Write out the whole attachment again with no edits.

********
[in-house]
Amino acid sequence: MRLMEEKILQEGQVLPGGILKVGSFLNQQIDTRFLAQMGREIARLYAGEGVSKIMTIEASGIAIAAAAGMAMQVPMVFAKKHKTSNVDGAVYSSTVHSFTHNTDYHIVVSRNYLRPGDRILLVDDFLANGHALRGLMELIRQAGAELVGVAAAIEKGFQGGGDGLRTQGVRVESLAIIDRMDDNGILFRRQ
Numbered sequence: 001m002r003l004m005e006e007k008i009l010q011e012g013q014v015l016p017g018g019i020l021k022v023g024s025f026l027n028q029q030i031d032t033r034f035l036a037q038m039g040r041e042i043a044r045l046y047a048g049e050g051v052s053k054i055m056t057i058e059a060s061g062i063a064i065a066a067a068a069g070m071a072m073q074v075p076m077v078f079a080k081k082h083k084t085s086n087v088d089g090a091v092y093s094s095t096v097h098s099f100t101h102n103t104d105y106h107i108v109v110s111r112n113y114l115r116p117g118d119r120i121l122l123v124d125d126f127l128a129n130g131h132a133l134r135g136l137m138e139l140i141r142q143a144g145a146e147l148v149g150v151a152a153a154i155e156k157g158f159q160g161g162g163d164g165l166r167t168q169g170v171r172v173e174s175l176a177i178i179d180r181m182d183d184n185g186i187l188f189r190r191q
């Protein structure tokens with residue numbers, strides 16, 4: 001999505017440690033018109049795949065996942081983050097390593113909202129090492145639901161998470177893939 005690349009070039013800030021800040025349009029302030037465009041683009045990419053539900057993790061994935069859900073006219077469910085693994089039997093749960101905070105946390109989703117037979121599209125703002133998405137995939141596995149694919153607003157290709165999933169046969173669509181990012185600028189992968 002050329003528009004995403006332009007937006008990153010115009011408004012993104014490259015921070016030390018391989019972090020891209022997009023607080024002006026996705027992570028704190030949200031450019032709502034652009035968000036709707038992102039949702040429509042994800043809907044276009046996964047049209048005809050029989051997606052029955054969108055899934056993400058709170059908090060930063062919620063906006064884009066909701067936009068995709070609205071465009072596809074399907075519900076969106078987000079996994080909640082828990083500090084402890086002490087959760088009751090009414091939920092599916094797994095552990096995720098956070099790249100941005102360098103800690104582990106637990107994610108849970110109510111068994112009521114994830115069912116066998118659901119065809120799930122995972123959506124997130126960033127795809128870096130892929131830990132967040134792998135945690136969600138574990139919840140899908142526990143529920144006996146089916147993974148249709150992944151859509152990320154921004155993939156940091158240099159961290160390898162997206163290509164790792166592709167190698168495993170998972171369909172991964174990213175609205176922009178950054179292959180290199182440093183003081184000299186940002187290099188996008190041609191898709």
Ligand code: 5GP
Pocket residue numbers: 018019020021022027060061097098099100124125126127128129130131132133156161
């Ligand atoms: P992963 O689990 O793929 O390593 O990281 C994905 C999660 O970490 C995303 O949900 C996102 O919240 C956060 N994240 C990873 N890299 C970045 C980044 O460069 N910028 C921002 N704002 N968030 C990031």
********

[in-house]
Amino acid sequence: MRLMEEKILQEGQVLPGGILKVGSFLNQQIDTRFLAQMGREIARLYAGEGVSKIMTIEASGIAIAAAAGMAMQVPMVFAKKHKTSNVDGAVYSSTVHSFTHNTDYHIVVSRNYLRPGDRILLVDDFLANGHALRGLMELIRQAGAELVGVAAAIEKGFQGGGDGLRTQGVRVESLAIIDRMDDNGILFRRQ
Numbered sequence: 001m002r003l004m005e006e007k008i009l010q011e012g013q014v015l016p017g018g019i020l021k022v023g024s025f026l027n028q029q030i031d032t033r034f035l036a037q038m039g040r041e042i043a044r045l046y047a048g049e050g051v052s053k054i055m056t057i058e059a060s061g062i063a064i065a066a067a068a069g070m071a072m073q074v075p076m077v078f079a080k081k082h083k084t085s086n087v088d089g090a091v092y093s094s095t096v097h098s099f100t101h102n103t104d105y106h107i108v109v110s111r112n113y114l115r116p117g118d119r120i121l122l123v124d125d126f127l128a129n130g131h132a133l134r135g136l137m138e139l140i141r142q143a144g145a146e147l148v149g150v151a152a153a154i155e156k157g158f159q160g161g162g163d164g165l166r167t168q169g170v171r172v173e174s175l176a177i178i179d180r181m182d183d184n185g186i187l188f189r190r191q
């Protein structure tokens with residue numbers, strides 16, 4: 001999505017440690033018109049795949065996942081983050097390593113909202129090492145639901161998470177893939 005690349009070039013800030021800040025349009029302030037465009041683009045990419053539900057993790061994935069859900073006219077469910085693994089039997093749960101905070105946390109989703117037979121599209125703002133998405137995939141596995149694919153607003157290709165999933169046969173669509181990012185600028189992968 002050329003528009004995403006332009007937006008990153010115009011408004012993104014490259015921070016030390018391989019972090020891209022997009023607080024002006026996705027992570028704190030949200031450019032709502034652009035968000036709707038992102039949702040429509042994800043809907044276009046996964047049209048005809050029989051997606052029955054969108055899934056993400058709170059908090060930063062919620063906006064884009066909701067936009068995709070609205071465009072596809074399907075519900076969106078987000079996994080909640082828990083500090084402890086002490087959760088009751090009414091939920092599916094797994095552990096995720098956070099790249100941005102360098103800690104582990106637990107994610108849970110109510111068994112009521114994830115069912116066998118659901119065809120799930122995972123959506124997130126960033127795809128870096130892929131830990132967040134792998135945690136969600138574990139919840140899908142526990143529920144006996146089916147993974148249709150992944151859509152990320154921004155993939156940091158240099159961290160390898162997206163290509164790792166592709167190698168495993170998972171369909172991964174990213175609205176922009178950054179292959180290199182440093183003081184000299186940002187290099188996008190041609191898709």
Ligand code: 5GP
Pocket residue numbers: 018019020021022027060061097098099100124125126127128129130131132133156161
């Ligand atoms: P992963 O689990 O793929 O390593 O990281 C994905 C999660 O970490 C995303 O949900 C996102 O919240 C956060 N994240 C990873 N890299 C970045 C980044 O460069 N910028 C921002 N704002 N968030 C990031």